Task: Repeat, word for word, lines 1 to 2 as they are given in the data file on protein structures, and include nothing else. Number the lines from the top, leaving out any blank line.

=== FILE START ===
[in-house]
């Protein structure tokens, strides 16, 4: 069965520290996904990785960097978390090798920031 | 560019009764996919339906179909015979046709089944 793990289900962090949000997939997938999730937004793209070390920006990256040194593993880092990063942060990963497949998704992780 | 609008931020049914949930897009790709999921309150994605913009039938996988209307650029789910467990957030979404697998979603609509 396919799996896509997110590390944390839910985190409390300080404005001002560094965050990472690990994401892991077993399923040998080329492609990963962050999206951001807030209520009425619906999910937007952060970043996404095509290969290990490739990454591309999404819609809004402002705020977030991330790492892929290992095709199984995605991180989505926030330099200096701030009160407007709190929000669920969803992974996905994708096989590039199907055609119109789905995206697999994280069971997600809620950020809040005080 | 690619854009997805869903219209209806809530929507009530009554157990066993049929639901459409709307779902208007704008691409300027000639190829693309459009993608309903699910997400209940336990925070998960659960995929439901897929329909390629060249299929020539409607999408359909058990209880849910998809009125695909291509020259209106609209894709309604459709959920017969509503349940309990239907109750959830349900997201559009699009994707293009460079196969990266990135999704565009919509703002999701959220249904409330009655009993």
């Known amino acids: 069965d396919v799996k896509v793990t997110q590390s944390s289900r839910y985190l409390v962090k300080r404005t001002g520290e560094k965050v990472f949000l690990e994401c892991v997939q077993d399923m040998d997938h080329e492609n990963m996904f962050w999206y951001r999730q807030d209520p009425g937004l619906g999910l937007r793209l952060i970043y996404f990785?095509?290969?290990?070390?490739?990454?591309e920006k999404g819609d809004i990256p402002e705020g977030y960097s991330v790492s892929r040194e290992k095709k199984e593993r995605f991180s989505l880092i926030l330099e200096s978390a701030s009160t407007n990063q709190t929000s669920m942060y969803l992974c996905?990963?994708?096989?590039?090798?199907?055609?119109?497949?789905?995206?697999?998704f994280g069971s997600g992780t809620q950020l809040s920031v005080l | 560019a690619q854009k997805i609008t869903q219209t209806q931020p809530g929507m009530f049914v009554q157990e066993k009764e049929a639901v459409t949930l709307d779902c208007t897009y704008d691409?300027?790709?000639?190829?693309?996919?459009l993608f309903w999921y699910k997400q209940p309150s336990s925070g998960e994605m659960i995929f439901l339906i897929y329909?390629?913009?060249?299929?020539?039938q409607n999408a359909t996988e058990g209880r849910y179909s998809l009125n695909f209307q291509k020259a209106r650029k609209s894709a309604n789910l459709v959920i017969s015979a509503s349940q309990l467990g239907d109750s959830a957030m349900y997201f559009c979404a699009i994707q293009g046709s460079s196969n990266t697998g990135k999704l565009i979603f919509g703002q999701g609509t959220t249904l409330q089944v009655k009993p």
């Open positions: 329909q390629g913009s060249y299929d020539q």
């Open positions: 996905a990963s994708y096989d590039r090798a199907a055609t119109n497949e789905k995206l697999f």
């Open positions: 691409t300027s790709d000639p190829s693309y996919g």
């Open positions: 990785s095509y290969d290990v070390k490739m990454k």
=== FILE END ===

[in-house]
């Protein structure tokens, strides 16, 4: 069965520290996904990785960097978390090798920031 | 560019009764996919339906179909015979046709089944 793990289900962090949000997939997938999730937004793209070390920006990256040194593993880092990063942060990963497949998704992780 | 609008931020049914949930897009790709999921309150994605913009039938996988209307650029789910467990957030979404697998979603609509 396919799996896509997110590390944390839910985190409390300080404005001002560094965050990472690990994401892991077993399923040998080329492609990963962050999206951001807030209520009425619906999910937007952060970043996404095509290969290990490739990454591309999404819609809004402002705020977030991330790492892929290992095709199984995605991180989505926030330099200096701030009160407007709190929000669920969803992974996905994708096989590039199907055609119109789905995206697999994280069971997600809620950020809040005080 | 690619854009997805869903219209209806809530929507009530009554157990066993049929639901459409709307779902208007704008691409300027000639190829693309459009993608309903699910997400209940336990925070998960659960995929439901897929329909390629060249299929020539409607999408359909058990209880849910998809009125695909291509020259209106609209894709309604459709959920017969509503349940309990239907109750959830349900997201559009699009994707293009460079196969990266990135999704565009919509703002999701959220249904409330009655009993």